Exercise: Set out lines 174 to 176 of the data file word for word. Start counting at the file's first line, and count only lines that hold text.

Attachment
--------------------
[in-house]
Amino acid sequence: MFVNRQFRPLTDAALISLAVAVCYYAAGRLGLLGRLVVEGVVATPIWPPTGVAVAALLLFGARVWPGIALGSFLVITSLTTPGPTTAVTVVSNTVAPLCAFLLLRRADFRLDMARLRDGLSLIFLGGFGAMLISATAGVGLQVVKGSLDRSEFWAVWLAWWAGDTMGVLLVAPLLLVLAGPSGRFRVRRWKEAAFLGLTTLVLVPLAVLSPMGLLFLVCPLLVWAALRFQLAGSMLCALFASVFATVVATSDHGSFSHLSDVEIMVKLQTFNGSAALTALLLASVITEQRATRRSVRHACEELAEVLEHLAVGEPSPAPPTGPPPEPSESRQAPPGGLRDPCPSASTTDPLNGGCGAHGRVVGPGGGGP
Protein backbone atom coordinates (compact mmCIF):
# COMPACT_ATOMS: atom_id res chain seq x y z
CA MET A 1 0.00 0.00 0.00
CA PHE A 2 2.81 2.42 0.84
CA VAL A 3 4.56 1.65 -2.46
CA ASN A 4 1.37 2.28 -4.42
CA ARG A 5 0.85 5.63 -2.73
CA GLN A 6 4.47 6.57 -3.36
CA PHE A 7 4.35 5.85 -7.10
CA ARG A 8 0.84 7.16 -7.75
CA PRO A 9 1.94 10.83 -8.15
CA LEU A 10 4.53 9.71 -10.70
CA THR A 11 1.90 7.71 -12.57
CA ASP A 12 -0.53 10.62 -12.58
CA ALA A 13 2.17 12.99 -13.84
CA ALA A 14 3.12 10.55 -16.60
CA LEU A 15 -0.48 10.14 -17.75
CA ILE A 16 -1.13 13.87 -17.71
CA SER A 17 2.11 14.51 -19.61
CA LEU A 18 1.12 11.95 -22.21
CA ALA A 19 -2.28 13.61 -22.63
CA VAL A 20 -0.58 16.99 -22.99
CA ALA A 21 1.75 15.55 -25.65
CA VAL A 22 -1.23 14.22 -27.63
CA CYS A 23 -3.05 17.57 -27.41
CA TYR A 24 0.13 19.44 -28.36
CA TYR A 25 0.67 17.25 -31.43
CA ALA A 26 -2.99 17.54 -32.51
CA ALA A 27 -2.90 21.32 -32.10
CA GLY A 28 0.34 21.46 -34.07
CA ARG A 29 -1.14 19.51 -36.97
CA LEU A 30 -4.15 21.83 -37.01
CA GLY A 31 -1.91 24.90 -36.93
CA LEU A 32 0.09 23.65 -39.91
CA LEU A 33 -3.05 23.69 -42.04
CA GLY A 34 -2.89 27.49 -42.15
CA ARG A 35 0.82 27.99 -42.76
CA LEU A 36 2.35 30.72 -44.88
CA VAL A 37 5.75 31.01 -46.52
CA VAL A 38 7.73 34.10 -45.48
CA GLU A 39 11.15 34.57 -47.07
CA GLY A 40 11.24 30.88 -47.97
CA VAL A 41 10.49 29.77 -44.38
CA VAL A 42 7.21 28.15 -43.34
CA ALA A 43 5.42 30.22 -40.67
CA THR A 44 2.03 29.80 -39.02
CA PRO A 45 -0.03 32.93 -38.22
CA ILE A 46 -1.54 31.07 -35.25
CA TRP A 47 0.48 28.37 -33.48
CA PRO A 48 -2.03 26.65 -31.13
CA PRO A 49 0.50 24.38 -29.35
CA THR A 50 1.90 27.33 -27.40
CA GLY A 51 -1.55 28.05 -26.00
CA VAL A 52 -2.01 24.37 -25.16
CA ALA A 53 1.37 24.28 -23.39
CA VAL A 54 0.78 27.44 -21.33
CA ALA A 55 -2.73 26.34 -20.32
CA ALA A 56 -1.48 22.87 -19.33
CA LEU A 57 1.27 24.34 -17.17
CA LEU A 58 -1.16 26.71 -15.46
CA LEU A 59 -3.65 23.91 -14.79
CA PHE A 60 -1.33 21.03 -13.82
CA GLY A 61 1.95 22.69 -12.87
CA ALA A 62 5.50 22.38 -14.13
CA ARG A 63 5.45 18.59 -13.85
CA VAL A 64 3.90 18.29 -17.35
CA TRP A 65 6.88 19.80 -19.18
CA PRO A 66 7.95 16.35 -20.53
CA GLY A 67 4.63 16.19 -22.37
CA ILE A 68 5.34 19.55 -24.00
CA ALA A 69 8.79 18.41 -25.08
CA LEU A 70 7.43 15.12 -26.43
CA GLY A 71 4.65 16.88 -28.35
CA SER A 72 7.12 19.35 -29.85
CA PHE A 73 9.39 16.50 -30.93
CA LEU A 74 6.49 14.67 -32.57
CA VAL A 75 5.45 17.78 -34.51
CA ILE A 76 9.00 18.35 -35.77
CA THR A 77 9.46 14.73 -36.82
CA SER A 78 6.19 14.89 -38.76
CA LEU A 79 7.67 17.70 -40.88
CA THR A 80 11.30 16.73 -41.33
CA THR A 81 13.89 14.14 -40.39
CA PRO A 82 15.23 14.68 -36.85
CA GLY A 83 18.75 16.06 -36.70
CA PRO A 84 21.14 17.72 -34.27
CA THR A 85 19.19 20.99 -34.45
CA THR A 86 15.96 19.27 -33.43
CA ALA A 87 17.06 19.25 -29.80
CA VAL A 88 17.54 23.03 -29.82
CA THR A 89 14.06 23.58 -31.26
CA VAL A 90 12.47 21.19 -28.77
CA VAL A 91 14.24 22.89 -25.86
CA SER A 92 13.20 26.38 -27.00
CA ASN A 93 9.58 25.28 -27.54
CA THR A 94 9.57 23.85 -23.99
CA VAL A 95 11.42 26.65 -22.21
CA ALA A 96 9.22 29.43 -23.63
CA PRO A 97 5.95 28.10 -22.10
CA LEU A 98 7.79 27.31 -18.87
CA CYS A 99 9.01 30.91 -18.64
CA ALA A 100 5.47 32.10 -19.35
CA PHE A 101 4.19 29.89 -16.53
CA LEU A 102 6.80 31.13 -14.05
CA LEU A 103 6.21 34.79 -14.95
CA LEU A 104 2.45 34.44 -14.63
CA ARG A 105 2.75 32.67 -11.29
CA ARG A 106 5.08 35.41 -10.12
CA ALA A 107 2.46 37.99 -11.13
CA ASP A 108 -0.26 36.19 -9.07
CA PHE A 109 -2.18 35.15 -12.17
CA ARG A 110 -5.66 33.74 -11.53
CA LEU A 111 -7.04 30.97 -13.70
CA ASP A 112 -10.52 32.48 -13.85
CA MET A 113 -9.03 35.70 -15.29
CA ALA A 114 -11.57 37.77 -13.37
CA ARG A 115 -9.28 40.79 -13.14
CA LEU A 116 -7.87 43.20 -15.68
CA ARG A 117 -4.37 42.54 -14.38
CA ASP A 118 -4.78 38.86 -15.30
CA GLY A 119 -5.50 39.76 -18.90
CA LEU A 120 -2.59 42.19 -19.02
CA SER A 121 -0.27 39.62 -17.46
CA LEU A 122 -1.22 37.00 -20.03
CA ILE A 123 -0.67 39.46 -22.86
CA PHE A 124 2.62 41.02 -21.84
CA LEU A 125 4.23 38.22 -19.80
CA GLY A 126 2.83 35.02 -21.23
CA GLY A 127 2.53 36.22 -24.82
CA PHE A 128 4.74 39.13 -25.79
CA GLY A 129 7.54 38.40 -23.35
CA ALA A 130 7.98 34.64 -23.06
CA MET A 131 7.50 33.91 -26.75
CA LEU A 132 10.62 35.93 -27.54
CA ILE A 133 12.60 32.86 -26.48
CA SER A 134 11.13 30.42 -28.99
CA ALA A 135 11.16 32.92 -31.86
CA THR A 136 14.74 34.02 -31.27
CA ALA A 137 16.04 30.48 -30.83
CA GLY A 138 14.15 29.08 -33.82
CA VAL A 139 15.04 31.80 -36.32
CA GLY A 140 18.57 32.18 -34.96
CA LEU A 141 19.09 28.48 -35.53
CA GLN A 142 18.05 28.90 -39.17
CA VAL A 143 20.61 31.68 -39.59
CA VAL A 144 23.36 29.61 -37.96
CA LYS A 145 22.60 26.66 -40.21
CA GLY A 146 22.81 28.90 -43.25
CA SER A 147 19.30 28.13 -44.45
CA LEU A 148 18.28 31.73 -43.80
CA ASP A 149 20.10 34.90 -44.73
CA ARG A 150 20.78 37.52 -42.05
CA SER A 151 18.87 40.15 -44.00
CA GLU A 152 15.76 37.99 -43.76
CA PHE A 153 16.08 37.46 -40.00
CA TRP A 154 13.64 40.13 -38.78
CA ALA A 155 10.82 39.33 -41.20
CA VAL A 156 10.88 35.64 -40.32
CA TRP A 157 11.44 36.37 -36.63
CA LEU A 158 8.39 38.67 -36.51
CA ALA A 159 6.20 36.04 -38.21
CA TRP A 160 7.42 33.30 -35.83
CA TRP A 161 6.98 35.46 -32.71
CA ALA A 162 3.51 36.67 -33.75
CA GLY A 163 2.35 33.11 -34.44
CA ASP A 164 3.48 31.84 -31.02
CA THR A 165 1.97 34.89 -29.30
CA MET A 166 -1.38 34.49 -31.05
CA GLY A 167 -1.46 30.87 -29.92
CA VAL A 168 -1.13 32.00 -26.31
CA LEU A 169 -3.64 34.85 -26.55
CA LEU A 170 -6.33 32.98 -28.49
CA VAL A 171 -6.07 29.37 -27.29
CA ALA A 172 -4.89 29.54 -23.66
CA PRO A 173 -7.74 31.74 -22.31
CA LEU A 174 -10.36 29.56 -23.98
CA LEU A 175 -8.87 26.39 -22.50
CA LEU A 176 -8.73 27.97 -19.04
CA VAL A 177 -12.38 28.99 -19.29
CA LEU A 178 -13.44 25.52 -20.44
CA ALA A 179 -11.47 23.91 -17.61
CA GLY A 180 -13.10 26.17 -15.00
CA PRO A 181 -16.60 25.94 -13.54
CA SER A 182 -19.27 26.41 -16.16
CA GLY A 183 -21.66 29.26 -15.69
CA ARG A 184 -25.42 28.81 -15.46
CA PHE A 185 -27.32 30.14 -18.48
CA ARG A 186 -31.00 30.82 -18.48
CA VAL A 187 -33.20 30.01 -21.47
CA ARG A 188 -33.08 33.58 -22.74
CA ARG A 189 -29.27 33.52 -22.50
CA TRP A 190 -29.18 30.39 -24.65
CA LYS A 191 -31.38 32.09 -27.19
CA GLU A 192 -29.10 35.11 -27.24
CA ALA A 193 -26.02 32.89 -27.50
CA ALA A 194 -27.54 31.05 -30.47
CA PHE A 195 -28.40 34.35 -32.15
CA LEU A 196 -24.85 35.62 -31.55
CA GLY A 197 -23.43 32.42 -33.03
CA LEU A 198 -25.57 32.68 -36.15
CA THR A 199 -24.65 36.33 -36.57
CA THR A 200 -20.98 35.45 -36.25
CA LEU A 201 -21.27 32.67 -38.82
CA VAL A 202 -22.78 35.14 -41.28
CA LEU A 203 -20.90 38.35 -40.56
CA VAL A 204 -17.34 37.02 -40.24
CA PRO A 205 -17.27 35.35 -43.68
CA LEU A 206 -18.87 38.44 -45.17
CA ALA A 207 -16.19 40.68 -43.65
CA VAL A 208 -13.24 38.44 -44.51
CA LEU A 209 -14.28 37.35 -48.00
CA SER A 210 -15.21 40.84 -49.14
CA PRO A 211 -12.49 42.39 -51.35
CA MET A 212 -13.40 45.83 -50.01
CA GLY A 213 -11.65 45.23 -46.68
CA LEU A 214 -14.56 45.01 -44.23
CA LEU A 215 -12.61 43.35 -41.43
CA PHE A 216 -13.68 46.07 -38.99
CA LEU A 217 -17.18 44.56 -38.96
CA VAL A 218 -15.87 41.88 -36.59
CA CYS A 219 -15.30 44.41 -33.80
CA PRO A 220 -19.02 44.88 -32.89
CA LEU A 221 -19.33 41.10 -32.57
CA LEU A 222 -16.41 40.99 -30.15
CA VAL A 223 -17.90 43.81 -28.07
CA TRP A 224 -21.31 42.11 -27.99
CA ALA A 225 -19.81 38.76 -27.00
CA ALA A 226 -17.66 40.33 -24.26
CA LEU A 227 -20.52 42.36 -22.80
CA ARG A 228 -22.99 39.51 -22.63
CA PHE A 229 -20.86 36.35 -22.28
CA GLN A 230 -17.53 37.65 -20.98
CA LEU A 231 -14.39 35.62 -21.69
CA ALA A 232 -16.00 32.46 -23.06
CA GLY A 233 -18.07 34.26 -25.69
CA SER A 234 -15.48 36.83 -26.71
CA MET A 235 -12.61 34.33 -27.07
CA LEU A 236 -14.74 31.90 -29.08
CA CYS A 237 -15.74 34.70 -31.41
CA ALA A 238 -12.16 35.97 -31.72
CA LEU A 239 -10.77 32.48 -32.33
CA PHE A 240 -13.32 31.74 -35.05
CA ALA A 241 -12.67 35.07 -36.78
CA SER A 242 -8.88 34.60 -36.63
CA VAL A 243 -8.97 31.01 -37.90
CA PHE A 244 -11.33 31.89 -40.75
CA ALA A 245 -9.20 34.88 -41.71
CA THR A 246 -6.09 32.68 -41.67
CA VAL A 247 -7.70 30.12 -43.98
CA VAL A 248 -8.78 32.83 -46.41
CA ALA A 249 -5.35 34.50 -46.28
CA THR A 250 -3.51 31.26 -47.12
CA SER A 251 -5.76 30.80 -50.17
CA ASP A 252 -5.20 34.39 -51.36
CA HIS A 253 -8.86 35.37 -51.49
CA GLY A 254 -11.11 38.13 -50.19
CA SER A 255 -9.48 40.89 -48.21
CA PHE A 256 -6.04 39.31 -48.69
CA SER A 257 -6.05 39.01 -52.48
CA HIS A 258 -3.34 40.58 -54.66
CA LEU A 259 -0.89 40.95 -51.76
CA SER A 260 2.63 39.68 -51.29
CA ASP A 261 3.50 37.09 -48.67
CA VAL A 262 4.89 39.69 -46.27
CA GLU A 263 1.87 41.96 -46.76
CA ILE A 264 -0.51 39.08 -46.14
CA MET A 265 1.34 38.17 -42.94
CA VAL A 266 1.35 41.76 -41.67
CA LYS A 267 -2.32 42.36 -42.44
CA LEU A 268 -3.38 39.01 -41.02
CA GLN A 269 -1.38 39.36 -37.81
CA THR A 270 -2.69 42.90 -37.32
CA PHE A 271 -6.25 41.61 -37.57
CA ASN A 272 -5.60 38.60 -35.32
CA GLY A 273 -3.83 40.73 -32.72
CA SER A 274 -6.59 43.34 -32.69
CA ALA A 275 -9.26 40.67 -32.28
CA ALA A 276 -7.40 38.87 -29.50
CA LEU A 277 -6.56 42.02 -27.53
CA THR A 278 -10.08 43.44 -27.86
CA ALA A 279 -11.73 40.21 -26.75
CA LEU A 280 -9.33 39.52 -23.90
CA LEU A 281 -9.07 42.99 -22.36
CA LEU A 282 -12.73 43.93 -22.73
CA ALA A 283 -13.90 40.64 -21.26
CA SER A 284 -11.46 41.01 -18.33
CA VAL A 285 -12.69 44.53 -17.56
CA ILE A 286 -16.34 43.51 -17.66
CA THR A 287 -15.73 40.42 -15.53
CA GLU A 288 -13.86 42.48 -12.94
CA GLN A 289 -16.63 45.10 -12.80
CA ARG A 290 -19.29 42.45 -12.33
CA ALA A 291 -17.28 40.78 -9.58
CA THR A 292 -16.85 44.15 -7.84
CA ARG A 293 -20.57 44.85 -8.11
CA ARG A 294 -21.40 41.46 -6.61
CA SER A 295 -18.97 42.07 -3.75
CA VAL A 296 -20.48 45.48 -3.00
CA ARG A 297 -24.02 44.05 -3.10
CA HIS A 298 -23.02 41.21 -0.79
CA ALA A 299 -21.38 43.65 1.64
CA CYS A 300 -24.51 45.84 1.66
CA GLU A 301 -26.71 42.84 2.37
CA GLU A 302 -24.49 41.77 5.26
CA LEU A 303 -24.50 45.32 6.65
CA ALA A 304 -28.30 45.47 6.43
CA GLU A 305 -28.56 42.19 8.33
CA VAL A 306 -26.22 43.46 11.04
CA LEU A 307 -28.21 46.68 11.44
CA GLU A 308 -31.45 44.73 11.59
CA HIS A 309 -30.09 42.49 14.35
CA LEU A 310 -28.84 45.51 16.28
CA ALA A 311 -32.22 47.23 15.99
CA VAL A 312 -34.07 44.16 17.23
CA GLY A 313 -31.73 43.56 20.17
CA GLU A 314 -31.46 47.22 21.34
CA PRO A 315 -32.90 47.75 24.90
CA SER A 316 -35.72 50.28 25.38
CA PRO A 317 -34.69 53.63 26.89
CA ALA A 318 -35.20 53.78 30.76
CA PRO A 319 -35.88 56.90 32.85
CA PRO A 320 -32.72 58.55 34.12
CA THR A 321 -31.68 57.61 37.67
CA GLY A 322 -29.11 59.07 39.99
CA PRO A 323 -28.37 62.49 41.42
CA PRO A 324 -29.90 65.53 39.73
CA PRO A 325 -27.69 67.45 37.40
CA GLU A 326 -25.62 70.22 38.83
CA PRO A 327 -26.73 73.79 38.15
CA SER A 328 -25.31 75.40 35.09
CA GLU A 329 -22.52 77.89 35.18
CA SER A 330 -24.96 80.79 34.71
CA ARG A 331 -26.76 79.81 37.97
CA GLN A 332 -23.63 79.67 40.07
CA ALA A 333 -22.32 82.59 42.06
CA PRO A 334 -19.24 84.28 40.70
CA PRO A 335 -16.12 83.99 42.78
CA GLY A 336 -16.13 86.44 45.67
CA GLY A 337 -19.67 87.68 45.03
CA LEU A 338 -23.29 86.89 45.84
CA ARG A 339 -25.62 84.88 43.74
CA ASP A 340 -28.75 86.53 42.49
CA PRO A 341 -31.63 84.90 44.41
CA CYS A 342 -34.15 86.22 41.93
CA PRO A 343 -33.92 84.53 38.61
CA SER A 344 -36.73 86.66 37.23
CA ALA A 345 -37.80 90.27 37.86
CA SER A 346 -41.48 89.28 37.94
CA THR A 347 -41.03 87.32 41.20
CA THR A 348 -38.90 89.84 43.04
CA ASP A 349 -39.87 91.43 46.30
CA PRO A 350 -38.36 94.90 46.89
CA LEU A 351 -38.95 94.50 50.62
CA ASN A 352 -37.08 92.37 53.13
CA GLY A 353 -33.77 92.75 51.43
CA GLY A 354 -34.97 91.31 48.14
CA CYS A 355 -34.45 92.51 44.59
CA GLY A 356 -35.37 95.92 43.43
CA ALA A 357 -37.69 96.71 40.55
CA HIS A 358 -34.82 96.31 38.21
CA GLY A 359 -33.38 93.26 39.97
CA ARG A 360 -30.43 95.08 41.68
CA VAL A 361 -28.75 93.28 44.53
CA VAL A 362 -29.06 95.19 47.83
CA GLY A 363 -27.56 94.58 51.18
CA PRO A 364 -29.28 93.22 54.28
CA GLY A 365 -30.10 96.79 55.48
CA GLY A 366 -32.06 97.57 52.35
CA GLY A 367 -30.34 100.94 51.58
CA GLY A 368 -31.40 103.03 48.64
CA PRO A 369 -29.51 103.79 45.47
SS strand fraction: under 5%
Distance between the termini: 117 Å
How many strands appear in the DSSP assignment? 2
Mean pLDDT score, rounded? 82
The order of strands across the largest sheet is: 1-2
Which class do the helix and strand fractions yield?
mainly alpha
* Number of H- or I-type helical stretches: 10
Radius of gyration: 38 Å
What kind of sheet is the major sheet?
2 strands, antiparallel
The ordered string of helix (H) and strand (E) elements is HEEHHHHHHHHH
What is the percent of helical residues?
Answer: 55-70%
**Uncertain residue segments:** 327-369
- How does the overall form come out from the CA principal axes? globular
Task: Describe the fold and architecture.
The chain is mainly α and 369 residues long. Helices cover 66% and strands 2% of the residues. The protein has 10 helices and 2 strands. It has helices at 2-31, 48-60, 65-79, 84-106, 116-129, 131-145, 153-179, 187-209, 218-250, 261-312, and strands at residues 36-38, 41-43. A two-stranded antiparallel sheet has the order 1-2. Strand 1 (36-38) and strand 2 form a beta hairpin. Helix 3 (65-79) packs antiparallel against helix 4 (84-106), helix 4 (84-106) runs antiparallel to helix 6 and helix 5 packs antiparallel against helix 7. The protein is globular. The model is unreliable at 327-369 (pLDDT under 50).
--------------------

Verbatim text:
CA LEU A 170 -6.33 32.98 -28.49
CA VAL A 171 -6.07 29.37 -27.29
CA ALA A 172 -4.89 29.54 -23.66